Happy to be alive,
I once again asked,
But more in gratitude,
You saved me o divine lord,
Why me.
Why in spite of my failings,
Why me.

This poem by Sushmita Gupta succeeds not because it’s telling a highly realistic story; it is not successful for any modern reason at all—it succeeds almost mathematically—the pure timing of “why me,” its musical repetition. If Sushmita’s poem is mathematical, it seems unobtrusively musical, instead, seeming to spring directly from the heart. It succeeds where all great art succeeds; not in some critical guide book—but with the audience.

We found this poem by Payal Sharma  printed out on Facebook recently, and include it in our random piece on a great nation’s poetry; it reminds us of Emily Dickinson or even Sylvia Plath.  We have no great motive for sharing this, except as a pleasing addition to the vague idea that Indian women writing by their wits alone are making great poetry today.  Payal lives in the north of India, works in an office, is intelligent, passionate, and counts among her influences Oscar Wilde, Emily Dickinson, E.E. Cummings, Virginia Woolf, William Shakespeare, W.H. Auden, Wilfred Owen, Lord Byron, Kahil Gibran, Mirza Ghalib, Sarojini Naidu, and Rabindranath Tagore. If William Shakespeare or W.H. Auden or Oscar Wilde find you in offices in Mexico, childhoods in India, or MFA seminars in the U.S.A., they find you.  That’s all that matters.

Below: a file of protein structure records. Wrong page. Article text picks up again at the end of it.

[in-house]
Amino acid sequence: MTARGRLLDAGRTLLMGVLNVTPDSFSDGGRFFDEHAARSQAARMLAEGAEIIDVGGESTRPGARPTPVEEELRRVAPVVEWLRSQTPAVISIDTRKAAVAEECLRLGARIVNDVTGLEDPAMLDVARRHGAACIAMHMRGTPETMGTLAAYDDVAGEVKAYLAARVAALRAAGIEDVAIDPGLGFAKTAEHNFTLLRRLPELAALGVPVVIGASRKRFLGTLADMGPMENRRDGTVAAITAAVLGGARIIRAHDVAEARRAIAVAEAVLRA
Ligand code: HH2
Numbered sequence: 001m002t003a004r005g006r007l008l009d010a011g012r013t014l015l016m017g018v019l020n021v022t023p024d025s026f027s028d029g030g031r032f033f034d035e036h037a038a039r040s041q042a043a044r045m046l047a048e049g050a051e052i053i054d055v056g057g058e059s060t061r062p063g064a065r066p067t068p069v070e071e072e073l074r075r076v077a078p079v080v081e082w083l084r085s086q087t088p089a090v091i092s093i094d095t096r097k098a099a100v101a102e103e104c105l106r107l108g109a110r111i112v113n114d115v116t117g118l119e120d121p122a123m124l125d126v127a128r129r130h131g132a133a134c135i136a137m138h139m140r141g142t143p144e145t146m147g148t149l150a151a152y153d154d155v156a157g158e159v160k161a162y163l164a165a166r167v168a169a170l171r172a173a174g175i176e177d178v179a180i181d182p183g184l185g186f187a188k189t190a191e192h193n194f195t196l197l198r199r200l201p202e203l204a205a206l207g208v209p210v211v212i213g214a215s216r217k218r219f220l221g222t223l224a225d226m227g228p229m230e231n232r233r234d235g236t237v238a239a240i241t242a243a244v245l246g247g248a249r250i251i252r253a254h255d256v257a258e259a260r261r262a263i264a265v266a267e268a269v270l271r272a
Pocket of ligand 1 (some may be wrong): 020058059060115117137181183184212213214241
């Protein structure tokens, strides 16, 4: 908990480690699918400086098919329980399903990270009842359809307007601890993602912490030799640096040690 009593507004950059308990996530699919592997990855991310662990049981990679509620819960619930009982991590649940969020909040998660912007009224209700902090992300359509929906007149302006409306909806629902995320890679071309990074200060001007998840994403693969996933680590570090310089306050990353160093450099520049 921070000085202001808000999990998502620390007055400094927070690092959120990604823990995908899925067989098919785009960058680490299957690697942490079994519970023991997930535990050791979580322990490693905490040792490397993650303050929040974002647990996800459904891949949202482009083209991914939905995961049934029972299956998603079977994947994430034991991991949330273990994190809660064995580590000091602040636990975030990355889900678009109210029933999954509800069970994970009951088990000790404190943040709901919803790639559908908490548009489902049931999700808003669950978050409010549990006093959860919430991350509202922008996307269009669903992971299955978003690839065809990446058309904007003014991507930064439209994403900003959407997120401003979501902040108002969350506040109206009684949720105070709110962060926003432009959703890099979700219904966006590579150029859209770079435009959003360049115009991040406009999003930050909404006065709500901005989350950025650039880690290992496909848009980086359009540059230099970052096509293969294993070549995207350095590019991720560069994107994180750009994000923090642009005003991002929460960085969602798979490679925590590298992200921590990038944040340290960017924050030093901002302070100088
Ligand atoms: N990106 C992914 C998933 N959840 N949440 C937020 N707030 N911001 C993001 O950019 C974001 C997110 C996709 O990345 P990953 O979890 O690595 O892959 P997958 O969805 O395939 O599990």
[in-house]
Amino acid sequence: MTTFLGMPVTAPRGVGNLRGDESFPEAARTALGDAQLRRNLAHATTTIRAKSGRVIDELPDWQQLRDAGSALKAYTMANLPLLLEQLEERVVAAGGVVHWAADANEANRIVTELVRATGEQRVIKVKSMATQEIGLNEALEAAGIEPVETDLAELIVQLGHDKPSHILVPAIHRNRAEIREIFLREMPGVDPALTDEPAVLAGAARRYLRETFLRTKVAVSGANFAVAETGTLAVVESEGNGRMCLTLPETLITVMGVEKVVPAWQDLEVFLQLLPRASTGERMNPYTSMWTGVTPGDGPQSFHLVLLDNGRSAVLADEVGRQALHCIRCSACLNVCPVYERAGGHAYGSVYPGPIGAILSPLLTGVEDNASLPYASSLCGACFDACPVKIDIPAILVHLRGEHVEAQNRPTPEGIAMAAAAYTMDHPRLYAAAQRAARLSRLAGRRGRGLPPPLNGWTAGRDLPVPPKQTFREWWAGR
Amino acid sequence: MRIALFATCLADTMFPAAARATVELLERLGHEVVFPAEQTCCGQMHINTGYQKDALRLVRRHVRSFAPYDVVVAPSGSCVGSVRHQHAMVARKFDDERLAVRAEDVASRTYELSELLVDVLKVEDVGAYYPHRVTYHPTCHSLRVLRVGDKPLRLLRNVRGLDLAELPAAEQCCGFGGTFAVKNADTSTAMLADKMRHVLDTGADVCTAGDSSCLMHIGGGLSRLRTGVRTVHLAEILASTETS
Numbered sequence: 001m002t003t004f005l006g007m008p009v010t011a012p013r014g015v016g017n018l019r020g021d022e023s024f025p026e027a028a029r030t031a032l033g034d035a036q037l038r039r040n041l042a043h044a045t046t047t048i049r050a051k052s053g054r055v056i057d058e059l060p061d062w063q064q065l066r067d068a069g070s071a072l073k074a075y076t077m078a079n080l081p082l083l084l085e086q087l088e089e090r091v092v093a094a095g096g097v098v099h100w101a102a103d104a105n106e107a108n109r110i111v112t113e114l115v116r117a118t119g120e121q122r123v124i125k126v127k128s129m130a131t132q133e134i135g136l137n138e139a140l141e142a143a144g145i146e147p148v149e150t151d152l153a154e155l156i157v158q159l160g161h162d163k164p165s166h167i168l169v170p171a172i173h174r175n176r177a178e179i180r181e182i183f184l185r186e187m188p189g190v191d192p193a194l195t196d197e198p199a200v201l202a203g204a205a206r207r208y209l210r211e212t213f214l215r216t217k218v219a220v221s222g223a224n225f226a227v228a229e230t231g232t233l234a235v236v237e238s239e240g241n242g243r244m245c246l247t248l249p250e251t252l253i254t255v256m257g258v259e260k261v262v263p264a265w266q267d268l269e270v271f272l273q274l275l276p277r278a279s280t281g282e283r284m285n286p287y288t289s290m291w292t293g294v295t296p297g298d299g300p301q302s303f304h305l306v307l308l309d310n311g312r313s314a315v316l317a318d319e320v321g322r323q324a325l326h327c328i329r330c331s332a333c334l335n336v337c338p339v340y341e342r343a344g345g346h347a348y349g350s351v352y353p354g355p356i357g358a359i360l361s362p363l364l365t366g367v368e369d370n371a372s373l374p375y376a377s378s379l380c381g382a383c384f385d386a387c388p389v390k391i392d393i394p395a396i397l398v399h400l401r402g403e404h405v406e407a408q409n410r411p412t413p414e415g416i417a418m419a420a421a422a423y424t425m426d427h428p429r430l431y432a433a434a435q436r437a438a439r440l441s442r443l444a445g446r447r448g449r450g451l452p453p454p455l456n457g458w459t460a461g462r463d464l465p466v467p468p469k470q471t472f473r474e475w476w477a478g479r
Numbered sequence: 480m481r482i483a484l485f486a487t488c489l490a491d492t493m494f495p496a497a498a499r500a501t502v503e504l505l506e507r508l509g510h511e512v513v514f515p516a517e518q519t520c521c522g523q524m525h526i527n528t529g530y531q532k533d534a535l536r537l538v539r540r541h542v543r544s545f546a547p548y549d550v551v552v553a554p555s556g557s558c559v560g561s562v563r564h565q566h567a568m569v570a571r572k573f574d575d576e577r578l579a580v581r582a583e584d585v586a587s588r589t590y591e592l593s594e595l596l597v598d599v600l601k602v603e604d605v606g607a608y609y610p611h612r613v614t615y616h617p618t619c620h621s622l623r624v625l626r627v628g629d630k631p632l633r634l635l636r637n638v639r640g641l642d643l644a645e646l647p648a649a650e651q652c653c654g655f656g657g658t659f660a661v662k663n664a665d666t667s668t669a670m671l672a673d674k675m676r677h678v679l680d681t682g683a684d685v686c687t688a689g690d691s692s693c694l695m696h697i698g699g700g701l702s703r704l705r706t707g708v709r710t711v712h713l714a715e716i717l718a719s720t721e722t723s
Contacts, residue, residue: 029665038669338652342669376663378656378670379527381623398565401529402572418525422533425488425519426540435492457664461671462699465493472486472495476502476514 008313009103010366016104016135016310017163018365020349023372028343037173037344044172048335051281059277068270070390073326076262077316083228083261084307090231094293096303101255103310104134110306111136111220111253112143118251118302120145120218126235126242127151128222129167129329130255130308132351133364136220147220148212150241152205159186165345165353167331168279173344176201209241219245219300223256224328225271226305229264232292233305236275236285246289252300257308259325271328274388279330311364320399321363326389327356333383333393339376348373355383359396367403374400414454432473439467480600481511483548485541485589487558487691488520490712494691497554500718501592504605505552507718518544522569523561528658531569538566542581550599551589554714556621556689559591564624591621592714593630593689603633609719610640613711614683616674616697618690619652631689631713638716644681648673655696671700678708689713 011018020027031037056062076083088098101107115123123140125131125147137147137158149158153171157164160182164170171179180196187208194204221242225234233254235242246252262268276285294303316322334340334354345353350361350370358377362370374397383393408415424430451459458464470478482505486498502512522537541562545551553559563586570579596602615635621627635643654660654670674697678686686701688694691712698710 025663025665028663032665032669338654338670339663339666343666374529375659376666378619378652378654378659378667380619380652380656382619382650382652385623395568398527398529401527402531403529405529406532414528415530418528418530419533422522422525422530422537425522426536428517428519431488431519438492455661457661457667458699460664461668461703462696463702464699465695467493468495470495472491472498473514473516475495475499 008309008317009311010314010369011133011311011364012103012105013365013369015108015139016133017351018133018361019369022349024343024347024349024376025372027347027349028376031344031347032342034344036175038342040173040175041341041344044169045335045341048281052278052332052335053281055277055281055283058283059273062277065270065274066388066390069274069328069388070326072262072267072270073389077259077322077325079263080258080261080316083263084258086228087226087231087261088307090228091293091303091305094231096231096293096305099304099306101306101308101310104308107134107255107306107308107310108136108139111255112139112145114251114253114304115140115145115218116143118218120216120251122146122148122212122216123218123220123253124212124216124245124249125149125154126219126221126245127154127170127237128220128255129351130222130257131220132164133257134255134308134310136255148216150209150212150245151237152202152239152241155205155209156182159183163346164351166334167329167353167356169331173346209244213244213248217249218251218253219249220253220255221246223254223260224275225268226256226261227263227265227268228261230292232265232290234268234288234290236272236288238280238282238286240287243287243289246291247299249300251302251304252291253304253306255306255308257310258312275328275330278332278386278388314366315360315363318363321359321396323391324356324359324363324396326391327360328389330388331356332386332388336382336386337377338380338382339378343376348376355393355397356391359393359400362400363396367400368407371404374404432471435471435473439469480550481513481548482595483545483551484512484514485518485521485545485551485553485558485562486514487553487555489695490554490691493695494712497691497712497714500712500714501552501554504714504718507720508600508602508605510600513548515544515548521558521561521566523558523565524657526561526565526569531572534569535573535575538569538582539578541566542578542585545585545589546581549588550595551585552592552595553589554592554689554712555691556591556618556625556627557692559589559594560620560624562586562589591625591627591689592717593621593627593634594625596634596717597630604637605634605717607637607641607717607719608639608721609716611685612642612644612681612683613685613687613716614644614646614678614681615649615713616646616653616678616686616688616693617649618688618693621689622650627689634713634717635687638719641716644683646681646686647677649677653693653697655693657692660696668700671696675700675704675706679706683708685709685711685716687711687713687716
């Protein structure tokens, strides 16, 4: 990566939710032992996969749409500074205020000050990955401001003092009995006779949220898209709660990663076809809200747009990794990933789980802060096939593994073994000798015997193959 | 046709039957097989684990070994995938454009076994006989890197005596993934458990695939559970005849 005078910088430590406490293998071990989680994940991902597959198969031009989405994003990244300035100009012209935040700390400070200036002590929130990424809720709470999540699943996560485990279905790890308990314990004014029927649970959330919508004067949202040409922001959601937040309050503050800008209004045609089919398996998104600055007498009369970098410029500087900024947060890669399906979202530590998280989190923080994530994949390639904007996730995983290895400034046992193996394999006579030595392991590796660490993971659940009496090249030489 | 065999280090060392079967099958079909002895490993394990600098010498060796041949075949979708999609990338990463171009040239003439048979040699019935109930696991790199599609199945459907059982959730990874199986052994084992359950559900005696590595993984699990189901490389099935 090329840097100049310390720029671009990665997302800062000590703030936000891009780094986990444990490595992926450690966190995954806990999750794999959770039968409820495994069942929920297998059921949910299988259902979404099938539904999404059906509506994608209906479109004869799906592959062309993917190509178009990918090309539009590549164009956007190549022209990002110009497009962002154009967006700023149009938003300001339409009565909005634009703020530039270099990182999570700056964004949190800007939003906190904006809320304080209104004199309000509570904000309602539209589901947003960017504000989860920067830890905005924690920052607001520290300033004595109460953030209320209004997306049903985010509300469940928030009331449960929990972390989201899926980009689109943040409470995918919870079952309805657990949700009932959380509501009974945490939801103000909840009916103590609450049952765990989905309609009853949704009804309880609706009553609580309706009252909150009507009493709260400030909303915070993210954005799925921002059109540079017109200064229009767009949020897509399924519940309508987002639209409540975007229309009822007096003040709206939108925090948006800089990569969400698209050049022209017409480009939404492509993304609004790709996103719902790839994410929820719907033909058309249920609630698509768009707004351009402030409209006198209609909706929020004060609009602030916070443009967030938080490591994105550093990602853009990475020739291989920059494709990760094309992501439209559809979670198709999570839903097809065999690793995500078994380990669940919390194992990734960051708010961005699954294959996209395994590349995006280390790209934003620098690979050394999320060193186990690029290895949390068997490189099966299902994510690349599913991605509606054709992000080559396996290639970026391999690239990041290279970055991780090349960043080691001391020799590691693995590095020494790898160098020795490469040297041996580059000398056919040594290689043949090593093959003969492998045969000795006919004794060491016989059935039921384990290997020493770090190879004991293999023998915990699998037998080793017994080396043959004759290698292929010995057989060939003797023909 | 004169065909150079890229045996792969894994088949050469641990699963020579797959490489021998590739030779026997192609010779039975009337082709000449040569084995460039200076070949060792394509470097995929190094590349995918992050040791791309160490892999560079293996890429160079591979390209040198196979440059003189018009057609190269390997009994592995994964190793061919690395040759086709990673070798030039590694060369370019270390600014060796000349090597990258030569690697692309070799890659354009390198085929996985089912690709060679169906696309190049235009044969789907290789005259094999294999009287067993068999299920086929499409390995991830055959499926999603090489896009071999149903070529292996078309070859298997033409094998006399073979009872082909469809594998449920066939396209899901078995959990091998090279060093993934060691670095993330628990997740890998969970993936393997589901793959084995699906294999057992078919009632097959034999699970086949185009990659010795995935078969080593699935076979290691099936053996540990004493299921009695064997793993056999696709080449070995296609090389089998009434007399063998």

In the following poem by Payal, we find “exhaling sad to inhale relief” exquisite, and the conclusion of the poem sounds like the pure yelp of divine Miss Emily herself: “demurely silent pearls, which nobody earned more so!”

As you may

Half drowned,
treading through the narrow waters
in numbing black void,
greased with slippery layers
of lard extracted from my old epithets.

Dear lover, come as you may-

A chrome door to murky corridor,
leading to the virgin smells
of crushed black olives
in medieval castles.

A faint hint of corrosive carbon,
peered with miraculous oxygen,
released in deep audible
breaths of night trees,
exhaling sad to inhale relief.

A knight in decent armour,
sent by gown-less fairies
from the oppressed villages of
valour and essential ignorance.